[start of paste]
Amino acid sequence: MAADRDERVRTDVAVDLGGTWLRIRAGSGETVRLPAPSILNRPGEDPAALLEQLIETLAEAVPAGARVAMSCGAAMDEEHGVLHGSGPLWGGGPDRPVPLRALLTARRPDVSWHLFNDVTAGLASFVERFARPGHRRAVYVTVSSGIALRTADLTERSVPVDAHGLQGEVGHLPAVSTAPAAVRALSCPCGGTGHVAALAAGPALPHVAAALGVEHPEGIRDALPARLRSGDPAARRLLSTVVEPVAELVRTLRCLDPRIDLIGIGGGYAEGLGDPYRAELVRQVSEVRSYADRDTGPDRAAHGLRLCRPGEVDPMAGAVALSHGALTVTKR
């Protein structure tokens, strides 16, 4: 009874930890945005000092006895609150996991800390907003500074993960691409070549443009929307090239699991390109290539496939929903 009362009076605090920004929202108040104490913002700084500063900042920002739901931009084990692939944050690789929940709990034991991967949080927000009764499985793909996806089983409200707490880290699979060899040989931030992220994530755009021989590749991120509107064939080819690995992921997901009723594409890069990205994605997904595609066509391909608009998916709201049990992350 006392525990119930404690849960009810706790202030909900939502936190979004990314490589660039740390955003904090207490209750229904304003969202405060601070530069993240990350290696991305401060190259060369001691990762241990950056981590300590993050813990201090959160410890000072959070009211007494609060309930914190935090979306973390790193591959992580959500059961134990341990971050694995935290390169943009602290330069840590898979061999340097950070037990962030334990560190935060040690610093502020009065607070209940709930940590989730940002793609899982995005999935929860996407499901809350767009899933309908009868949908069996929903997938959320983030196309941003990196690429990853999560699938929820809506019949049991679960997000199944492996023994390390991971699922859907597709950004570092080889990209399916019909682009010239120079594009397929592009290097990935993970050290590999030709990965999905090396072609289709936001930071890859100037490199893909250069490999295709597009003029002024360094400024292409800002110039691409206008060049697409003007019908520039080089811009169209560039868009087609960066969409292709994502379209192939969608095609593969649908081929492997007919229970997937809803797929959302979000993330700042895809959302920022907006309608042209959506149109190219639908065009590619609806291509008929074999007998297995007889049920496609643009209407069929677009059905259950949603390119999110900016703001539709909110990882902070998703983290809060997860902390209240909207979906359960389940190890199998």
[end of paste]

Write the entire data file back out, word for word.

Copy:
Amino acid sequence: MAADRDERVRTDVAVDLGGTWLRIRAGSGETVRLPAPSILNRPGEDPAALLEQLIETLAEAVPAGARVAMSCGAAMDEEHGVLHGSGPLWGGGPDRPVPLRALLTARRPDVSWHLFNDVTAGLASFVERFARPGHRRAVYVTVSSGIALRTADLTERSVPVDAHGLQGEVGHLPAVSTAPAAVRALSCPCGGTGHVAALAAGPALPHVAAALGVEHPEGIRDALPARLRSGDPAARRLLSTVVEPVAELVRTLRCLDPRIDLIGIGGGYAEGLGDPYRAELVRQVSEVRSYADRDTGPDRAAHGLRLCRPGEVDPMAGAVALSHGALTVTKR
């Protein structure tokens, strides 16, 4: 009874930890945005000092006895609150996991800390907003500074993960691409070549443009929307090239699991390109290539496939929903 009362009076605090920004929202108040104490913002700084500063900042920002739901931009084990692939944050690789929940709990034991991967949080927000009764499985793909996806089983409200707490880290699979060899040989931030992220994530755009021989590749991120509107064939080819690995992921997901009723594409890069990205994605997904595609066509391909608009998916709201049990992350 006392525990119930404690849960009810706790202030909900939502936190979004990314490589660039740390955003904090207490209750229904304003969202405060601070530069993240990350290696991305401060190259060369001691990762241990950056981590300590993050813990201090959160410890000072959070009211007494609060309930914190935090979306973390790193591959992580959500059961134990341990971050694995935290390169943009602290330069840590898979061999340097950070037990962030334990560190935060040690610093502020009065607070209940709930940590989730940002793609899982995005999935929860996407499901809350767009899933309908009868949908069996929903997938959320983030196309941003990196690429990853999560699938929820809506019949049991679960997000199944492996023994390390991971699922859907597709950004570092080889990209399916019909682009010239120079594009397929592009290097990935993970050290590999030709990965999905090396072609289709936001930071890859100037490199893909250069490999295709597009003029002024360094400024292409800002110039691409206008060049697409003007019908520039080089811009169209560039868009087609960066969409292709994502379209192939969608095609593969649908081929492997007919229970997937809803797929959302979000993330700042895809959302920022907006309608042209959506149109190219639908065009590619609806291509008929074999007998297995007889049920496609643009209407069929677009059905259950949603390119999110900016703001539709909110990882902070998703983290809060997860902390209240909207979906359960389940190890199998």